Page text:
Recently Rankin has been chairing conversations both online and at live events around the topic of mental heath not only in the music industry but for men in general. Hoping to help move the conversation forward around topics of meaning, community and the value of learning and obsession.
I want take part on this project because I feel very passionate about mental health and suicide awareness. I set up a talking group with five other like-minded friends called Talk Club in 2019 to help with the prevention of serious mental health issues that lead to suicide.
I have first-hand experience of the highs and lows of being a major recording artist and this inspired me to help others by training to become a therapist.
I’m Toby, an artist manager based in London. When Gemma told me about Man Down it was an issue that resonated strongly for me-men generally but especially musicians and people in the music industry suffer from an inability to communicate, a pride that prevents them from confronting their own anxieties and communicating with each other. Man Down should be an important step in challenging this narrative and I hope that we can collectively make a difference.
I'm Tom, better known as Koast. Spent many years as an MC/host in & around both the dubstep & hip hop scenes in Bristol, although these days you're more likely to find me either behind the decks, or even further in the background as part of radio station SWU.FM or running my label Durkle Disco. I wanted to get involved with Man Down for both personal and structural reasons - like many of the participants in the project I've struggled with my own mental health throughout my teens and adult life, and in more recent years Gemma has been a great source of support and advice for me, and many other peers. So how could I not support her in this?! I've also come far too close to losing a couple of people very dear to me due to mental health in the last year, which has really bought the need for a project like this home.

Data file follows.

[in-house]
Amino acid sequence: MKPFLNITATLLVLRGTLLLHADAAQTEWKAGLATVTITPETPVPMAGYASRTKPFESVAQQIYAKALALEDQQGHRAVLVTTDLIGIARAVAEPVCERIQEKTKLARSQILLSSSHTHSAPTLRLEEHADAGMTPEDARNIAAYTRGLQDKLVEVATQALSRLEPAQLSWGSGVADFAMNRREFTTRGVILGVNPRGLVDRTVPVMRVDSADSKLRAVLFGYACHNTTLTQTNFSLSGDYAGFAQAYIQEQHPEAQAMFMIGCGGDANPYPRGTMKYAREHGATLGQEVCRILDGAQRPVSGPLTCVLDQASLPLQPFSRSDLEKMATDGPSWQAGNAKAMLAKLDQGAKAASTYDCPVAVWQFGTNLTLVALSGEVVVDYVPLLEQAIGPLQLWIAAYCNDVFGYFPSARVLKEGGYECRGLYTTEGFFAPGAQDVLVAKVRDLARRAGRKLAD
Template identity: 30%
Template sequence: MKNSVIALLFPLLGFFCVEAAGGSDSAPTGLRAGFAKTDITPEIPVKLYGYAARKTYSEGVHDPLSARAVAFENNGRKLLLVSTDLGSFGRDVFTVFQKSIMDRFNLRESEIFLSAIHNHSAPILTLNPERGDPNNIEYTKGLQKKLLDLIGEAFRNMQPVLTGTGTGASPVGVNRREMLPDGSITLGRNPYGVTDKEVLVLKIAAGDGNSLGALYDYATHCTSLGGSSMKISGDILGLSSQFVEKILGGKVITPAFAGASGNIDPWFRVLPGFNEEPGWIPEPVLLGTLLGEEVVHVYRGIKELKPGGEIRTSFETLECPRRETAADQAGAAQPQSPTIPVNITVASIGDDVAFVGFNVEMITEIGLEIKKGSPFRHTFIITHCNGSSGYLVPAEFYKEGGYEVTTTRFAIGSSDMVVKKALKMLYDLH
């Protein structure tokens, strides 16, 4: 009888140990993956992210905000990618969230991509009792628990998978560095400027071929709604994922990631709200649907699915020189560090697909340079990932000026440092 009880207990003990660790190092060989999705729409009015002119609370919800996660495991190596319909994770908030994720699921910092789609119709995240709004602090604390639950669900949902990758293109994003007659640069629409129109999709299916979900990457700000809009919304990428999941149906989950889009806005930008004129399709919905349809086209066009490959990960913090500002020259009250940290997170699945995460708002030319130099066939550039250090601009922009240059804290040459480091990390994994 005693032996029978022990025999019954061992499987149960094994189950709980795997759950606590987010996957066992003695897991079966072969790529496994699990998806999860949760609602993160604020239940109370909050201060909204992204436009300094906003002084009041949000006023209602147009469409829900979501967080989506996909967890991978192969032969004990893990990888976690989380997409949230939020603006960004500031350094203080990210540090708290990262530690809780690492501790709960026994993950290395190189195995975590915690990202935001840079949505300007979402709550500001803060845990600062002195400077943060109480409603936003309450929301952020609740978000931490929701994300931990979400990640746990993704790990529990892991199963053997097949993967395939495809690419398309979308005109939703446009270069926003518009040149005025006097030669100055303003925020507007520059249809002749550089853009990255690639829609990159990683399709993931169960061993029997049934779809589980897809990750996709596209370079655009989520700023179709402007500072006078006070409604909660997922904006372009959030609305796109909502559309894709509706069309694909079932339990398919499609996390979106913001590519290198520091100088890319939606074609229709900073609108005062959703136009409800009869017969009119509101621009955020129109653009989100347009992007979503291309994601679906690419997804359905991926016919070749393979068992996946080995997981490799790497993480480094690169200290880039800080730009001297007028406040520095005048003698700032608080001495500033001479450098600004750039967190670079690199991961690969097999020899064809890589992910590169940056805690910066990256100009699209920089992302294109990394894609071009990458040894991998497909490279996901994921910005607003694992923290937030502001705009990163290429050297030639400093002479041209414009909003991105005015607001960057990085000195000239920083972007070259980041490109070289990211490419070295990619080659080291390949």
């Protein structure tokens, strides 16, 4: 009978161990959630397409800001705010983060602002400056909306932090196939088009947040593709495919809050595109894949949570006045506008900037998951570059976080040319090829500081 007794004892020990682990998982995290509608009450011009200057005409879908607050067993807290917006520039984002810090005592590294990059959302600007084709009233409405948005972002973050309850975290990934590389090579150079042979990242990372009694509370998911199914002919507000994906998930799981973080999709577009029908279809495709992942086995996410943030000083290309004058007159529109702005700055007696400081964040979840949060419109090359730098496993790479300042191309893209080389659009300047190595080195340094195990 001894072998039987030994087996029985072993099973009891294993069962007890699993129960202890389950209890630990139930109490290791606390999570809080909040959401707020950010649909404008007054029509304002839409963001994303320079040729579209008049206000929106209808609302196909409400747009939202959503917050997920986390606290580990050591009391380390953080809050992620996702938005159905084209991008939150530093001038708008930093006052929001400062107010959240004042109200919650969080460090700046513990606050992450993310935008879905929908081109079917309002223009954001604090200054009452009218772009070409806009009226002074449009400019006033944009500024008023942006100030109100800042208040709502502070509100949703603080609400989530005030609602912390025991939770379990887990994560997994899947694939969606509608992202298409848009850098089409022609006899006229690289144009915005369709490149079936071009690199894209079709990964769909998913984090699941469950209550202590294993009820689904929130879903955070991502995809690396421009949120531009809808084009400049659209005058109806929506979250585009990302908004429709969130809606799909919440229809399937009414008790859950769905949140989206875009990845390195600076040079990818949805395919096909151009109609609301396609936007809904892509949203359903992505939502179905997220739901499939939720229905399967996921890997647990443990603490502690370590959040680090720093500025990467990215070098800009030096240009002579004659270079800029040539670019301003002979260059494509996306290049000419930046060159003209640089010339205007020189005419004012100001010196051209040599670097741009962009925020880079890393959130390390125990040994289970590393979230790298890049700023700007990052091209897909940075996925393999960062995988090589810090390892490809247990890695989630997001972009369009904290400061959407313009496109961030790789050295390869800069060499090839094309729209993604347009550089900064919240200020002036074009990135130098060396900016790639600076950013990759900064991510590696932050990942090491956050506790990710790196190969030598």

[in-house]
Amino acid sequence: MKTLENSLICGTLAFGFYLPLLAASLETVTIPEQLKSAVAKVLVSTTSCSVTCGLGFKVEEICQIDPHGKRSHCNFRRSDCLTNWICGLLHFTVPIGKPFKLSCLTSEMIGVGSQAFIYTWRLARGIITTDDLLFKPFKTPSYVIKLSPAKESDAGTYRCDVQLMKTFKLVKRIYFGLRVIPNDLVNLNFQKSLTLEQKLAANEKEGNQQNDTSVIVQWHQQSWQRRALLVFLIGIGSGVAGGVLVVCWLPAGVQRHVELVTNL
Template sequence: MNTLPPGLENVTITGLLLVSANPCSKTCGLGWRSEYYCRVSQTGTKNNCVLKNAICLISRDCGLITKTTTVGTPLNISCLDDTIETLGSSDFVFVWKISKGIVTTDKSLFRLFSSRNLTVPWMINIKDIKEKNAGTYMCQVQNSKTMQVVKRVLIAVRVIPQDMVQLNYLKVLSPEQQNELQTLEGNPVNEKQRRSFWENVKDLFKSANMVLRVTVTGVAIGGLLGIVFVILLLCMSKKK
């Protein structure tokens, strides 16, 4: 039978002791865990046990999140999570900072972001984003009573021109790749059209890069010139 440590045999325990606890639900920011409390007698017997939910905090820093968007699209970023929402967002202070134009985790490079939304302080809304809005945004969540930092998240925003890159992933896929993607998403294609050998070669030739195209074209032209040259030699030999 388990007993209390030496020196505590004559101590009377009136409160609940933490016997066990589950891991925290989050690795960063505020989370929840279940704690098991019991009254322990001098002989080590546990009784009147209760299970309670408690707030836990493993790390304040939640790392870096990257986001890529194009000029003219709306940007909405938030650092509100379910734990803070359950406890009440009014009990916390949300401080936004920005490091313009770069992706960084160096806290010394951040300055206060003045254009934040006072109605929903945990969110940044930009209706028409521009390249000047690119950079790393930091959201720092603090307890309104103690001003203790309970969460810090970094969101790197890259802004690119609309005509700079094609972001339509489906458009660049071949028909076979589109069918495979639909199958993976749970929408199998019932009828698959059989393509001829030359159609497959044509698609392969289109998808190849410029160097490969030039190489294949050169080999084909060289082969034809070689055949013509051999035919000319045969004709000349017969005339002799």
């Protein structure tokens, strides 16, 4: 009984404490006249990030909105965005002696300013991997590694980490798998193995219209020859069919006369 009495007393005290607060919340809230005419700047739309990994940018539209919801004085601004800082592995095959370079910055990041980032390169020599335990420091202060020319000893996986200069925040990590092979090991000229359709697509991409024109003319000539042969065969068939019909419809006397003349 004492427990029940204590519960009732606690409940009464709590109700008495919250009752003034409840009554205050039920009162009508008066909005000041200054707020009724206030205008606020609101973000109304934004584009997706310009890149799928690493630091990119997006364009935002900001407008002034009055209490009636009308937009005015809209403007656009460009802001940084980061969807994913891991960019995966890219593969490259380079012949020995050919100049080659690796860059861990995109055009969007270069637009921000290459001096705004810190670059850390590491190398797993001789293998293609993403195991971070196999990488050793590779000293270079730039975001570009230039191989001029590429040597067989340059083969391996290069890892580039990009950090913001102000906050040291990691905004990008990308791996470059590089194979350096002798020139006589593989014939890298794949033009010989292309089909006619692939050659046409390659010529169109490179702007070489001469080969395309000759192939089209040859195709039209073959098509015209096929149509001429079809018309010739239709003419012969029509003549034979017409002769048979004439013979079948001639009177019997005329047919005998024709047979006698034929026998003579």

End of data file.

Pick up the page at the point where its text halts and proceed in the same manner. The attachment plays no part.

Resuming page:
On a wider/more structural level - a project and support system like this is desperately needed in the creative industries! I've always worked a day job alongside my various music projects, and generally ones with decent support/sick pay - so I'm one of the lucky ones in that sense (as much as I might not have understood or appreciated that when I was a bit younger!). But for the people more successful in forging music as their sole career and source of income, you can be in real trouble if you do get sick... and given a lot of the lifestyle associated with music, it's more common than you'd think. So anything that minimises the risks to people who give so much to enrich our lives culturally can only be a good thing.
Life on the road can be a truly amazing experience.
However sleep deprivation, alcohol, drugs, loneliness (despite being in the company of hundreds, if not thousands of people it can be a surprisingly lonely existence) and home sickness can all combine to create a very toxic environment if you suffer from or are susceptible to mental health problems.